I recently found out that I will need permission slips for the 18 & under students to be in the film. I sent a summary of the film to the Admin's at the Masjid so InshAllah he will be helping me get the approvals from the parents. Since classes are only on Sundays, it means that the fastest he can get the slips to the parents is by this Sunday (April 30th) and the soonest I will get the slips signed and returned is May 7th InshAllah. There is a fund raising dinner on the 21st and there is a carnival at the Masjid on 28th. This leaves me with only the 7th and the 14th to film. Knowing that the attention span of teenagers is like 10 seconds, I'm not sure if the group will be committed in coming two Sundays. If yes, it would be great. If not, I have to be prepared. So the more prepared I am, the smoother the filming process with go InshAllah.

The goal is to have the first draft of the script completed by Friday so I can go to the Masjid on Saturday or Sunday make a “picture storyboard”. A storyboard is basically a visual script showing the camera angles for the dialogue. Because of the whole issue of "drawing people" in Islam, I had to alter the traditional way of Hollywood sketching for the storyboard. The solution I came up with to take pictures instead of drawing them. Therefore, when once I have the draft of the script in my hand, I can go to the local Masjid with my digital camera and walk through the movie and take pictures of the camera angles I will be using (in order InshAllah). Something like this:

By the following friday, the final draft of the script should be complete (and it shouldn't effect the storyboard screenshots InshAllah) maybe just some lines (if that). With only 4 to 5 hours to film the entire film, I had to come up with some crazy idea. We have 5 hours to film (2pm to 7pm), 1 Sunday to do it (maybe 2 Sundays), and a budget of $0. Jumping through permission slip hoops and whatever other obstacle that may be keeping up is making this much more challenging than I first imagine.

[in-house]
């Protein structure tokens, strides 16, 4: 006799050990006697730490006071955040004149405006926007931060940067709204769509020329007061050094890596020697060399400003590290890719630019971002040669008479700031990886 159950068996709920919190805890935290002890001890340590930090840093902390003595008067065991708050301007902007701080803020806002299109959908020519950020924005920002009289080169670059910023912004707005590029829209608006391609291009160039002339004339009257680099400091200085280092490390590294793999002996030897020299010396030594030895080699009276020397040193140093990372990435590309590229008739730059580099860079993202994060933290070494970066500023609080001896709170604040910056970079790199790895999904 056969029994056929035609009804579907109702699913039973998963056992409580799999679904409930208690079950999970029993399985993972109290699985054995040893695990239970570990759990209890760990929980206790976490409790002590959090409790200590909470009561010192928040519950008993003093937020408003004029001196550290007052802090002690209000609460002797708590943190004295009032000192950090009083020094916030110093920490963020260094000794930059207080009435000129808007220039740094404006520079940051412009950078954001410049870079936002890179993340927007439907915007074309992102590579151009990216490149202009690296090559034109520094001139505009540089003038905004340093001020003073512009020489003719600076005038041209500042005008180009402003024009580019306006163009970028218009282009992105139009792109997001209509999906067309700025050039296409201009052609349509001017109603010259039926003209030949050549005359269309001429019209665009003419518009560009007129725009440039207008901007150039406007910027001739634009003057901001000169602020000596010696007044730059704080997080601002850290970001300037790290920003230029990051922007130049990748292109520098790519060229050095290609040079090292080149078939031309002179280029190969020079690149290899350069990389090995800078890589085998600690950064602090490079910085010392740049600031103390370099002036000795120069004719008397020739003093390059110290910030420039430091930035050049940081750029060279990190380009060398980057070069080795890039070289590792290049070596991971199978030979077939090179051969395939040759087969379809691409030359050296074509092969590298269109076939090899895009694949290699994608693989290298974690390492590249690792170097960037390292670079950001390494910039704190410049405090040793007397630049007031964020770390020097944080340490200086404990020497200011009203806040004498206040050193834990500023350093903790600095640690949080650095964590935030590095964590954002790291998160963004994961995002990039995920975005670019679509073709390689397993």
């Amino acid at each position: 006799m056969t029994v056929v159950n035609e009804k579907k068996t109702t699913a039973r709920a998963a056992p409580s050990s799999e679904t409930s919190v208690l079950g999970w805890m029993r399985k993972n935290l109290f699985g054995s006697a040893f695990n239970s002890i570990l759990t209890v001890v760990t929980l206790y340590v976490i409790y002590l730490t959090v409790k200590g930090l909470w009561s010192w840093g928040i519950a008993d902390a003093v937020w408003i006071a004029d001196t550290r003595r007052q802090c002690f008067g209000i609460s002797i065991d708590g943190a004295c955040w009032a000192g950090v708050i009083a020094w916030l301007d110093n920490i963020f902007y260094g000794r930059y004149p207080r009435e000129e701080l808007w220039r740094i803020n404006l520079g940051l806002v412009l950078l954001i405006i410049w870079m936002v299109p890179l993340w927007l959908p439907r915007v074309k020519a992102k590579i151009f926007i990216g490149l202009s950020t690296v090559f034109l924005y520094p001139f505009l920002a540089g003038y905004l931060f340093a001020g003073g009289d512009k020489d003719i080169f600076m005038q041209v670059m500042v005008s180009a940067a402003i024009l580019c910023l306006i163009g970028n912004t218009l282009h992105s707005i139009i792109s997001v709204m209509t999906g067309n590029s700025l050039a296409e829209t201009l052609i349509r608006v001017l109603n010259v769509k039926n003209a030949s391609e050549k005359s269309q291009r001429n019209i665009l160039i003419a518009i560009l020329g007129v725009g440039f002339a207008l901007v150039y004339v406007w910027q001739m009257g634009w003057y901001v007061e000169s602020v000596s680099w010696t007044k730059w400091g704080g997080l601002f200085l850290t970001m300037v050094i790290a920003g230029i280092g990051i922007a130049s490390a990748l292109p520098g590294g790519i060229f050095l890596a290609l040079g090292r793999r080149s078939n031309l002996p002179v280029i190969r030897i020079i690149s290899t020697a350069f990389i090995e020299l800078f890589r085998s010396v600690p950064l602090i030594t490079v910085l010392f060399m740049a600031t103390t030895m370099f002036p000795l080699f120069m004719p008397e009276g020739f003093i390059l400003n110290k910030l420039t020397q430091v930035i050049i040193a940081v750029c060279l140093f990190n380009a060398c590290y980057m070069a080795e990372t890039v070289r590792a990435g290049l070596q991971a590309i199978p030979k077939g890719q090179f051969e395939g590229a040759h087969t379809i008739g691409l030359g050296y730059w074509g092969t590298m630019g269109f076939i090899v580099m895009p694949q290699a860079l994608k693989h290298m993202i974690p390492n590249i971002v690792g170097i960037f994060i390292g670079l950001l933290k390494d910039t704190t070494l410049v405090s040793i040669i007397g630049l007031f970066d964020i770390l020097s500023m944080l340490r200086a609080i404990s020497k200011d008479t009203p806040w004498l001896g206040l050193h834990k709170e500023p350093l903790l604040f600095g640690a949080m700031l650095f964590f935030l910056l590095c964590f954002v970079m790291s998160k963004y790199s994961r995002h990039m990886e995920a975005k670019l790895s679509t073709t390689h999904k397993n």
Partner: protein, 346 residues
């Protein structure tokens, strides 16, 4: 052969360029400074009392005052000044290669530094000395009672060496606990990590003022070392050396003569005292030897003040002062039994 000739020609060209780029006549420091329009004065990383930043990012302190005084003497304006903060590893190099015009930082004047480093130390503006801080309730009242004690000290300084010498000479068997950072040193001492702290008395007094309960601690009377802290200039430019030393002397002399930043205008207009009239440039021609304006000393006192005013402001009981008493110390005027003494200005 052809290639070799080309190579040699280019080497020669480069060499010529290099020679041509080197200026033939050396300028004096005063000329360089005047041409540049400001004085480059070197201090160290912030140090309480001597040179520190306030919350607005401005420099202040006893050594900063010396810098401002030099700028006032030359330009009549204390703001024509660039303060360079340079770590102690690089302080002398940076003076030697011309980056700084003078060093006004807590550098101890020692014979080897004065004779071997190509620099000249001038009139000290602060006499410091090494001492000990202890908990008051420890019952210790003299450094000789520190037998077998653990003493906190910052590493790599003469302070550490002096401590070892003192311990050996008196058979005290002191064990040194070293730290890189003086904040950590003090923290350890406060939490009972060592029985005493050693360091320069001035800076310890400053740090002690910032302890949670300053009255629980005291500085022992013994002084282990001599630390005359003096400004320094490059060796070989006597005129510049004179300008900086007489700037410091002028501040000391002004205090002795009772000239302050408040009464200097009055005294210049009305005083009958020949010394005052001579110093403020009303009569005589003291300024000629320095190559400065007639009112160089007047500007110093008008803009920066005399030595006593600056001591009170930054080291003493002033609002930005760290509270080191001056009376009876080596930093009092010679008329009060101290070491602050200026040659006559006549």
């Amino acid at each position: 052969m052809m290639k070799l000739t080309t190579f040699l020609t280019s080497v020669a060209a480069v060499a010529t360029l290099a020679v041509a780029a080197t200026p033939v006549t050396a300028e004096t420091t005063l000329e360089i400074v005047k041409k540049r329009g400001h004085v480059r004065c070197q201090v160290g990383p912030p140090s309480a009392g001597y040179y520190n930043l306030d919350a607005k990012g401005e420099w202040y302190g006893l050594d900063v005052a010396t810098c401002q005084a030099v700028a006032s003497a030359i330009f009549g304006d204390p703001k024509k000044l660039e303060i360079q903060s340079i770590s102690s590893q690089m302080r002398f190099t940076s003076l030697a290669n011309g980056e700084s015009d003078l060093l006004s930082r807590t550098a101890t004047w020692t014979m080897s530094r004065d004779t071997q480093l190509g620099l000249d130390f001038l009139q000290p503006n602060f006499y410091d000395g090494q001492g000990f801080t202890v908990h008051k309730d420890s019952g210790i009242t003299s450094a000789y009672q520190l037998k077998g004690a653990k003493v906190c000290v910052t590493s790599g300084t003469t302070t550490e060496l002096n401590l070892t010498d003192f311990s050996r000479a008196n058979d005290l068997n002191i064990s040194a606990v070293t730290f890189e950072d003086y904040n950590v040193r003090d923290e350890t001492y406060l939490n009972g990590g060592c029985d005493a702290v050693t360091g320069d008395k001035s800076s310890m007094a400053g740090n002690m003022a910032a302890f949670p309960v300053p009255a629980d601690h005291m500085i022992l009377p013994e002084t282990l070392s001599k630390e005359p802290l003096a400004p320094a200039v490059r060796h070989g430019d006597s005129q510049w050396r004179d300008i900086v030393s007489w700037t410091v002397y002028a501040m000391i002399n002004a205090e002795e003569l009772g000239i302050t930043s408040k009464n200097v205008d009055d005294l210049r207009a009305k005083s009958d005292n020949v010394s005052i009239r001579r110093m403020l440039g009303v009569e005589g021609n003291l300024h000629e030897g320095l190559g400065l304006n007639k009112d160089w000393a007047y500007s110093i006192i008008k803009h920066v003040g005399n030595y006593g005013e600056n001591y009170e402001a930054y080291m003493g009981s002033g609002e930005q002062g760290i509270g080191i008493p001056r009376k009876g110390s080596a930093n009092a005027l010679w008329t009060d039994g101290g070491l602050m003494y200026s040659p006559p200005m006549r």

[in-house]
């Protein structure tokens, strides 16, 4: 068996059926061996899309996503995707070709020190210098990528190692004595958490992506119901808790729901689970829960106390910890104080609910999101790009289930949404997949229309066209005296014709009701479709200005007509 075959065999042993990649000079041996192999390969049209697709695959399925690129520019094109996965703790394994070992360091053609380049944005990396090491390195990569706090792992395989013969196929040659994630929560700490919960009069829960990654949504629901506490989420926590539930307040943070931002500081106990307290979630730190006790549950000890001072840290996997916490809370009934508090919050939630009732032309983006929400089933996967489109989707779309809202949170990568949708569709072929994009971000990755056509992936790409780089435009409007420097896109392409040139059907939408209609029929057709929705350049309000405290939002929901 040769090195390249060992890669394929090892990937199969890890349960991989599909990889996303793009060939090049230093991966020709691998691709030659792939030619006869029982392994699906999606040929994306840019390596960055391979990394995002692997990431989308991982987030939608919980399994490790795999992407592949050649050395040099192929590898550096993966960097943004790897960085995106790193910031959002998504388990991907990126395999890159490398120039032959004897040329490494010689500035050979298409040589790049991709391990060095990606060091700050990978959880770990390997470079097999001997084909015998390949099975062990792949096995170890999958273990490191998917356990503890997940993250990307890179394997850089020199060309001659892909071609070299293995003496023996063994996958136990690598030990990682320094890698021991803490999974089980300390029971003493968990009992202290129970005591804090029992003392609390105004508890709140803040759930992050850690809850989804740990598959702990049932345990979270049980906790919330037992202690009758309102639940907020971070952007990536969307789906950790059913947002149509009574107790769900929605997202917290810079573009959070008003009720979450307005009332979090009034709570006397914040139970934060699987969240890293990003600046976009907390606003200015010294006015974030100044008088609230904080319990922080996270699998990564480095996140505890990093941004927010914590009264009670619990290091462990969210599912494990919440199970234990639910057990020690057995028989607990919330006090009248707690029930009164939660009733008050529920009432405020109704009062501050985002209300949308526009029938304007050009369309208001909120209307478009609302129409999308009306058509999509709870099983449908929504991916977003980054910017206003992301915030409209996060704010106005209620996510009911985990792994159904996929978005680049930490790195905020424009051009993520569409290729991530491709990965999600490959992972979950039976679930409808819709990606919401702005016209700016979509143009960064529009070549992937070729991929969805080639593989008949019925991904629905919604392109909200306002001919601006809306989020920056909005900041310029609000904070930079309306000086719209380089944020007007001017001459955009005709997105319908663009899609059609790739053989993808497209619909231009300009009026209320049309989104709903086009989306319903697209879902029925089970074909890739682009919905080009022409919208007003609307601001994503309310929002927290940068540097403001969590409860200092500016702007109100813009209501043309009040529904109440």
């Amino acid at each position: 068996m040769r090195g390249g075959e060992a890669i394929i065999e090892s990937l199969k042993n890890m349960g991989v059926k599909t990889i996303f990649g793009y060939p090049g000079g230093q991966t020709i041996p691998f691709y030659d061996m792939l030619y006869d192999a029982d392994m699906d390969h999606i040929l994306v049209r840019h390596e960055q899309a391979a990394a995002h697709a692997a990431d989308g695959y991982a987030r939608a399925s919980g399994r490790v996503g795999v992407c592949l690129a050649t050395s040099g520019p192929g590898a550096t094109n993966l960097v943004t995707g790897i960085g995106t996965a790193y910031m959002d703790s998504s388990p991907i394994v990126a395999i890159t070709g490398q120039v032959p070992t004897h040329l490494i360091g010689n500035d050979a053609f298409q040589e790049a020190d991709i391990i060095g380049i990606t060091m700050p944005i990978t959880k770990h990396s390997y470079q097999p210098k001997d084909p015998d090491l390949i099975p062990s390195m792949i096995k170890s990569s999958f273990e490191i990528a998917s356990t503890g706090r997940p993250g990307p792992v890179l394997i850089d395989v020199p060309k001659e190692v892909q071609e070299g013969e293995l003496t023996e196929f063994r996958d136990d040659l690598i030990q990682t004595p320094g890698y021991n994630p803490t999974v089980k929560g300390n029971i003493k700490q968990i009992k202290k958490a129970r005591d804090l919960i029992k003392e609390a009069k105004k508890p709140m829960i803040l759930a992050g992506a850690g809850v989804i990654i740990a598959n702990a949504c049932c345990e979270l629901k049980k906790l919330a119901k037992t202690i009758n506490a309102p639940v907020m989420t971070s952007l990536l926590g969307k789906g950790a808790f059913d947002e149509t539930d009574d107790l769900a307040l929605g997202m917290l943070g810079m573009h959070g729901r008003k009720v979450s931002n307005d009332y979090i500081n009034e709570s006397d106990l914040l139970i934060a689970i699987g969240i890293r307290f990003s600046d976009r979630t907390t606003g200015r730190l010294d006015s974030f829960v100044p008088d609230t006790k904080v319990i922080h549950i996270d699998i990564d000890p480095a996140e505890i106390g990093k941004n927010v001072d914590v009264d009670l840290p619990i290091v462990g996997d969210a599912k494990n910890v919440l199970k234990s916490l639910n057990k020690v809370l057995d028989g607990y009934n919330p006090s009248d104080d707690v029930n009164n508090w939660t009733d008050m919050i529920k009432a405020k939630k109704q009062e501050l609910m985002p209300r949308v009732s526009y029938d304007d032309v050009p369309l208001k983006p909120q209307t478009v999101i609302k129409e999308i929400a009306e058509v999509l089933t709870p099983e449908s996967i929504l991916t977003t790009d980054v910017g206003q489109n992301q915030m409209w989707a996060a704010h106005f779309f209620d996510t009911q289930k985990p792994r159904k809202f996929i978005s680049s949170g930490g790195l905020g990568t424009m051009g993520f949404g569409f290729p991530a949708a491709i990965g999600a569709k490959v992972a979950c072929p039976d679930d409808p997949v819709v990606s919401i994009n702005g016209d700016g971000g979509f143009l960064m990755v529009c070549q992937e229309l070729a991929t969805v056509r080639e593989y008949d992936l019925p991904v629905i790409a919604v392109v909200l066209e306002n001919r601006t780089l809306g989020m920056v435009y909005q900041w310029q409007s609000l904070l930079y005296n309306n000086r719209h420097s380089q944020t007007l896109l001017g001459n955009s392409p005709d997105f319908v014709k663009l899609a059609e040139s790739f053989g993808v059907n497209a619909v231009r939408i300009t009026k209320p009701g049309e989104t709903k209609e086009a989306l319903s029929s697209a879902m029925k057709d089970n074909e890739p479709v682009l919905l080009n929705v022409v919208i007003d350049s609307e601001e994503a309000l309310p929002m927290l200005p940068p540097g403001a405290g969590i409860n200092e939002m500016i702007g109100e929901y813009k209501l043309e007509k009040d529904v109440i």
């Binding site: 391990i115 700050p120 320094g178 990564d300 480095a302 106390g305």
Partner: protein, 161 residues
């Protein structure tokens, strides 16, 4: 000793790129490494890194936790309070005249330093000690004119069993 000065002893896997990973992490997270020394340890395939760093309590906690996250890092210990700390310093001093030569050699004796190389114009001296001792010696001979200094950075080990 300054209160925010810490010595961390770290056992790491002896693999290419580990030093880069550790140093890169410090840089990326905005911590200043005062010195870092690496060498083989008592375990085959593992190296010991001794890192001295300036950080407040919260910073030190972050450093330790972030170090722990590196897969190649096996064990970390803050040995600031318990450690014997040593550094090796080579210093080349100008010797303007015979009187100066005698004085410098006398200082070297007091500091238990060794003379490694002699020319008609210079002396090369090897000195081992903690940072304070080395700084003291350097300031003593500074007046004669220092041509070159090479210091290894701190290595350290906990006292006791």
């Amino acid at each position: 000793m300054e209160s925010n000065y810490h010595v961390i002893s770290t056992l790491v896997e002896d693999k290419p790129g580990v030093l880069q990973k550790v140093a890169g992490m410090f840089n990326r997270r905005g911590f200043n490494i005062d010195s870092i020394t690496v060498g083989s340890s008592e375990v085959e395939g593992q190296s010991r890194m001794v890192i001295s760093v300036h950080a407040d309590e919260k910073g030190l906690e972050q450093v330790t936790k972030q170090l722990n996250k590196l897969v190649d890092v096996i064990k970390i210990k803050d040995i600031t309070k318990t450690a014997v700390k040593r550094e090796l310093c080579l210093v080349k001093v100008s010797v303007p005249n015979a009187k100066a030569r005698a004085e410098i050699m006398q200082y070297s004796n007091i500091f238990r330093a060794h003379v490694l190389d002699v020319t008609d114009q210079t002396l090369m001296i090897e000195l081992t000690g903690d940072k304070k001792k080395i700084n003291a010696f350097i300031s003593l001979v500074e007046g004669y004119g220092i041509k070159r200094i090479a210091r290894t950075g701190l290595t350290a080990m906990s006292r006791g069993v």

The following is not the script or storyboard of the upcoming film but rather is just an outline with scene descriptions. So far, I have a group of volunteers within the youth group that would like to be in the film and for each person volunteered, I have made a role for them in the film. The outline is basically notes (may not be easy to read) of a visual sequence of events to refer to when writing the script. I went to the Masjid and took various pictures of the Masjid. I wrote out the general things that will happen in each scene and associated one picture per scene. This way, we'll know where we will be shooting the next scene.

Here is the Outline
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Sunday, April 23, 2006

Youth Group Film Project

Bismillah ar-Rahmaan ar-Raheem,

I traveled to the local Masjid today to present the film idea to the youth group. They seemed to be pretty excited on being part of movie making project. We came up with a theme, a storyline, and figured out who will be in front and behind the camera. Alhamdulillah, it went well. The film will be shot at the Masjid and it will take between 2 to 3 days to Sundays to film InshAllah.

I plan to start writing the script tomorrow. Some of the sisters offered two help with the sister lines InshAllah so I look forward to the help.

I remember when I was young, I use to be told that you can’t do this and that. I was told that I was too young and it really frustrated me. Actually, that frustration turned into a type of motivation, which inspired me to go after the numerous projects that I worked on in the past Alhamdulillah.